- a 12 volt power supply is of great use for testing the bits as you go – I used an old transformer – this allows you to test in controlled steps before plugging the modified unit into your car and cursing when one LED fails to light up.!
- solder $5
- some thin dual core flex with a trace marking (white line on one core to allow you to distinguish positive from negative) $2
- hot glue sticks $5
- 13 x Jaycar LED 3mm Blue 1000mcd CAT. NO. ZD0130 (Australian reference, www.jaycar.com.au) – around $26, or less if you buy more than 25 if I recall
- 6 x 300 ohm ¼ watt resistors (from J/DS) around 36 cents
- various diameter shrink insulation tubes (from J/DS ) around 50 cents
Around $40 all up
- Some soldering skills and a bit of electronics know how and common sense
- An afternoon undisturbed
- A steady hand
- Patience – don’t rush this
- If you can do the job in stages – all the better
- A workbench and lots of light
- Soothing music
- 2 – 3 power points for simultaneous glue gun/soldering/transformer action!
SECTION 1 – REMOVING A/C CONTROL UNIT
1. Remove the cup holder and set aside. I used the cup holder to store all screws etc for the duration.
2. Remove the two screws inside the cup holder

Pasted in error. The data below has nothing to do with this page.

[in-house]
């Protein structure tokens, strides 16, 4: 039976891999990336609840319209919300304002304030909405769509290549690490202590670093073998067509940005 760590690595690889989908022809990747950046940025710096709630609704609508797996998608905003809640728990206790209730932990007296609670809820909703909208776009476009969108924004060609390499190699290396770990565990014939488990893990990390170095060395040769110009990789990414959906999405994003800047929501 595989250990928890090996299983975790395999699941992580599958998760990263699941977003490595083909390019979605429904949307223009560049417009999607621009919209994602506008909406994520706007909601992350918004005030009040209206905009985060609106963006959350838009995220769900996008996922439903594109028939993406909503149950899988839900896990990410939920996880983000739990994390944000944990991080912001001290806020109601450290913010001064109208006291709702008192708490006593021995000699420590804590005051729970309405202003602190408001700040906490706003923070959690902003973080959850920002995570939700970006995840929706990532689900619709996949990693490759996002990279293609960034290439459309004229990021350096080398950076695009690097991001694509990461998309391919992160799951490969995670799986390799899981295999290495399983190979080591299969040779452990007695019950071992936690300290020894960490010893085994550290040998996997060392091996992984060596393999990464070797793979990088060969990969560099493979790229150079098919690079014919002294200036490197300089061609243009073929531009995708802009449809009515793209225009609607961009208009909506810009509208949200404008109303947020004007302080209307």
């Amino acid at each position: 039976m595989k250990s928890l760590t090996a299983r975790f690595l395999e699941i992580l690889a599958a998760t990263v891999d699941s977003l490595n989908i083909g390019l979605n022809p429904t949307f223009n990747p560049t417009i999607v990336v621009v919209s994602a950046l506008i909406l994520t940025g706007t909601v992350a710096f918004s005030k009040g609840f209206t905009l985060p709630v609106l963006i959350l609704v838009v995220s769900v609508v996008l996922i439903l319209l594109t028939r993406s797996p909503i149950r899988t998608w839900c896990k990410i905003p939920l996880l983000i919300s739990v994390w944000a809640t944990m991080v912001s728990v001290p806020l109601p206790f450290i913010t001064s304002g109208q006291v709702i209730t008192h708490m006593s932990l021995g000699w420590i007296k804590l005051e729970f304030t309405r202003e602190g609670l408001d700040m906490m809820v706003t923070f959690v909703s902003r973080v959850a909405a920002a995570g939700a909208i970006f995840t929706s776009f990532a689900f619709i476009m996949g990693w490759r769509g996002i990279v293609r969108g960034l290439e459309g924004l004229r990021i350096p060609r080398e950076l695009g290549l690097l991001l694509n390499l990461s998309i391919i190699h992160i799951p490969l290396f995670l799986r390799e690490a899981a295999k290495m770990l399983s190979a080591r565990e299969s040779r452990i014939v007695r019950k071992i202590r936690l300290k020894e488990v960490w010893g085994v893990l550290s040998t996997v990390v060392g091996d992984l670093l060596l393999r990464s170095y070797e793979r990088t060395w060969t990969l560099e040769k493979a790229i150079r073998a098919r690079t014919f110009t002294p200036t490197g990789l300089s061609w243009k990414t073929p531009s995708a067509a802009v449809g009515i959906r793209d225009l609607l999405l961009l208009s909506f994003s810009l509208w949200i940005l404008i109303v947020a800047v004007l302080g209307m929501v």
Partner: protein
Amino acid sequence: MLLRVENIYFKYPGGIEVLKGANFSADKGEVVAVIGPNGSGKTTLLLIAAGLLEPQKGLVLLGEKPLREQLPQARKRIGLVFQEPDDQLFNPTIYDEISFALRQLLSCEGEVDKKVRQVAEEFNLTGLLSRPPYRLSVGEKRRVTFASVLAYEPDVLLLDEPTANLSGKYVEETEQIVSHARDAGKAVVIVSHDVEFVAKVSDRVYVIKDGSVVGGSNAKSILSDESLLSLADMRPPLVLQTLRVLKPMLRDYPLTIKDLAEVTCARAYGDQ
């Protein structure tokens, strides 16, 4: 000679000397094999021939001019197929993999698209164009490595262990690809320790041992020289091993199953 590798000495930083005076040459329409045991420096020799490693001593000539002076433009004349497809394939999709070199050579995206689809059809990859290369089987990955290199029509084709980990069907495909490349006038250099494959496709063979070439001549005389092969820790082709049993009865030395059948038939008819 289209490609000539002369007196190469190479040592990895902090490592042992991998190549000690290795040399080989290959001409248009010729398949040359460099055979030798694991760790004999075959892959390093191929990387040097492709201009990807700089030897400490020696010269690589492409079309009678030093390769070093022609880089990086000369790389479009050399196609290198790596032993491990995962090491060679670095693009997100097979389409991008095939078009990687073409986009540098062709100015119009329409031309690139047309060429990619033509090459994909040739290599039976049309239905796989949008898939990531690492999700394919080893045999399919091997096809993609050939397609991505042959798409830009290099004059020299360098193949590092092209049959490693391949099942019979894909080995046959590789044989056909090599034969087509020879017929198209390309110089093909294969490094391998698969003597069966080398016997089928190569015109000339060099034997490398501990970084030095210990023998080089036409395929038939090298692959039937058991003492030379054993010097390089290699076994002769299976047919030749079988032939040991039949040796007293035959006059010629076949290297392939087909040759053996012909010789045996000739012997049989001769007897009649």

3. Put the car in neutral
4. Pull down the plastic yoke below the gear knob to reveal the screws holding the gear knob
5. Two screws are revealed, remove these
6. Remove gear knob and set aside
7. Tug the black plastic gear shift surround upwards, it’s only held in place by clips – no screws
8. Remove the connectors that connect the shift surround to the car using the pin nose pliers to carefully squash the release clip and pulling gently at the same time. Set the shift surround aside.
9. Remove all the screws which are now revealed holding the console surround.
10. Remove the console surround by tugging it sharply away from the dash. At this stage there should be clips only holding it in place.
11. Remove the connectors that connect the console surround (a/c, emergency flashers). Set console surround aside.
12. Remove all screws holding the metal air con control cradle from the dash cavity, including the two 10mm bolts (use the driver in the tools list page 1)
13. Partially remove the metal cradle from the dash – it’s not required to remove it completely, just enough to get to the screws on the sides of the a/c control unit.